A saffron supplement may be tempting thanks to its long list of purported benefits, but more research is needed on its effectiveness . Saffron has been used in Middle Eastern cultures as a sweet and bitter culinary ingredient for over 1000 years. Ancient cultures believed that saffron cured many ailments. Today, research into saffron's medicinal benefits hints at its potential effectiveness to treat depression and cancer.
Saffron is a spice made from the Crocus sativus plant and is reportedly the most expensive spice in the world. The cost is due to the painstaking method for harvesting the stigmas, which are the small stalks in the inner part of the flower that collect pollen. Each bloom typically has three stigmas and the stigmas are plucked from the plant by hand. The deep yellowish-red colored stigmas are then dried and ground into a powder that is used to manufacture supplements. A saffron supplement includes a concentrated form of this powder.
Saffron Medicinal Uses
Ancient Egyptians used saffron extracts as an aphrodisiac and to treat measles and dysentery. Starting around 1500, European herbalists used saffron to treat cramps, flatulence, gout, stomach upset and coughs. There is no clinical evidence that saffron treats any of these ailments. Although some studies have been conducted on saffron and published in the Experimental Biology and Medicine Journal, the general consensus of the medical community is that there is not enough evidence to support any claims regarding saffron's ability to stomach ailments, cramps and gout.
Dr. Daniel Hall-Flavin of the Mayo Clinic does note, however, that saffron may improve depression symptoms. The National Cancer Institute indicates a form of saffron known as Indian saffron is being studied for its possible use in treating cancer, Alzheimer disease, cystic fibrosis, and psoriasis. The chemical curcumin is the specific ingredient being studied. Curcumin gives saffron its deep yellow color. Curcumin is also an active ingredient in the spice Curcuma longa, or turmeric, which is sometimes used as a less expensive alternative to saffron in herbal medicine.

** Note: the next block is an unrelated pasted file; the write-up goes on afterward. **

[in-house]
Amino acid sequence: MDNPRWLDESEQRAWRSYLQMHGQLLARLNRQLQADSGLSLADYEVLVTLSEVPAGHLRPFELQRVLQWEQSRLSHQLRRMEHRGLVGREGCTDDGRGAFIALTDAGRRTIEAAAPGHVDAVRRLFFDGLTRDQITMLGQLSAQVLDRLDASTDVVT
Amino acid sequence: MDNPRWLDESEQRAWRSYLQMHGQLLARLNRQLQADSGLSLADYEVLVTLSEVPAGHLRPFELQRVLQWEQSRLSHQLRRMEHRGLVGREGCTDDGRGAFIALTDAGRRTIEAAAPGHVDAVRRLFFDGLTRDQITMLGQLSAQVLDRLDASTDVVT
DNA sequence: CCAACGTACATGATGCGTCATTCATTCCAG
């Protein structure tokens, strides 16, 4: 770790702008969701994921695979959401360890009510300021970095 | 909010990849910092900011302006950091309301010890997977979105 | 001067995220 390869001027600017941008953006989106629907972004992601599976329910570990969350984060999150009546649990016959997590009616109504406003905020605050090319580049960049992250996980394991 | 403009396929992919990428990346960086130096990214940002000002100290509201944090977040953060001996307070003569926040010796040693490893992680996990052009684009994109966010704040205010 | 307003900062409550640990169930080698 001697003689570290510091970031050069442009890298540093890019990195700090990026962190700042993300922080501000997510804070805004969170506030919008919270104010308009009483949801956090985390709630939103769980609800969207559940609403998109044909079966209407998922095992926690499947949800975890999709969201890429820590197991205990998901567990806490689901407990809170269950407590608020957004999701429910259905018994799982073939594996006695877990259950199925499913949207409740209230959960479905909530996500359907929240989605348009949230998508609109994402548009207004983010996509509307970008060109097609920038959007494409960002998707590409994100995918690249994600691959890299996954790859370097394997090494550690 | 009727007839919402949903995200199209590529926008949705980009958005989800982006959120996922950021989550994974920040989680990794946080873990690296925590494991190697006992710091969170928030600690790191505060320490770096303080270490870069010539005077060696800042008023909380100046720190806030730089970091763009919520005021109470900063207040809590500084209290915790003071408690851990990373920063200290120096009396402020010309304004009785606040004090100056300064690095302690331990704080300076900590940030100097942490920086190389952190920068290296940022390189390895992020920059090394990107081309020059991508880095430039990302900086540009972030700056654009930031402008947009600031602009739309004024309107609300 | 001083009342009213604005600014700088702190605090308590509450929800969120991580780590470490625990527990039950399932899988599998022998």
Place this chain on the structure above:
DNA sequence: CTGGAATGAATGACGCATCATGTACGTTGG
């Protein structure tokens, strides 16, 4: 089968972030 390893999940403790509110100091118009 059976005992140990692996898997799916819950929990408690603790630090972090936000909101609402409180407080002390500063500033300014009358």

Saffron Supplement Side Effects
There is no specific dosage recommendations for saffron supplements. It is important to understand the possible side effects of consuming even a small amount of saffron. A daily dose of more than five grams may cause the following overdose symptoms:
- Blood in the urine
If you experience any of the above symptoms, stop taking the saffron supplement and seek medical treatment.
Serious side effects from taking a saffron supplement include:
- Change in appetite
- Difficulty breathing
Hives and difficulty breathing may be evidence of a serious allergic reaction to this supplement. If you experience any difficult in breathing, swelling of the tongue or lips or hives, seek emergency treatment at the nearest hospital or clinic. You may be suffering from an allergic reaction to saffron. Any allergic reactions require immediate medical treatment.
Note of Caution
Pregnant women should never take a saffron supplement. Saffrom may stimulate the uterine wall and cause contractions leading to miscarriage or premature birth of the fetus. It is also unknown how a saffron supplement may affect infants and children. If you are nursing an infant, do not use saffron, and do not give this supplement to children.
A saffron supplement is expensive, and the reported benefits have not been proven in clinical tests. While a little saffron used in culinary dishes is safe, high doses of saffron can cause unpleasant or dangerous side effects. Proceed with caution and consult your doctor to determine if a saffron supplement is the right option for you. Always tell your doctor about any herbs, supplements or vitamins that you are taking as some may interact with medications.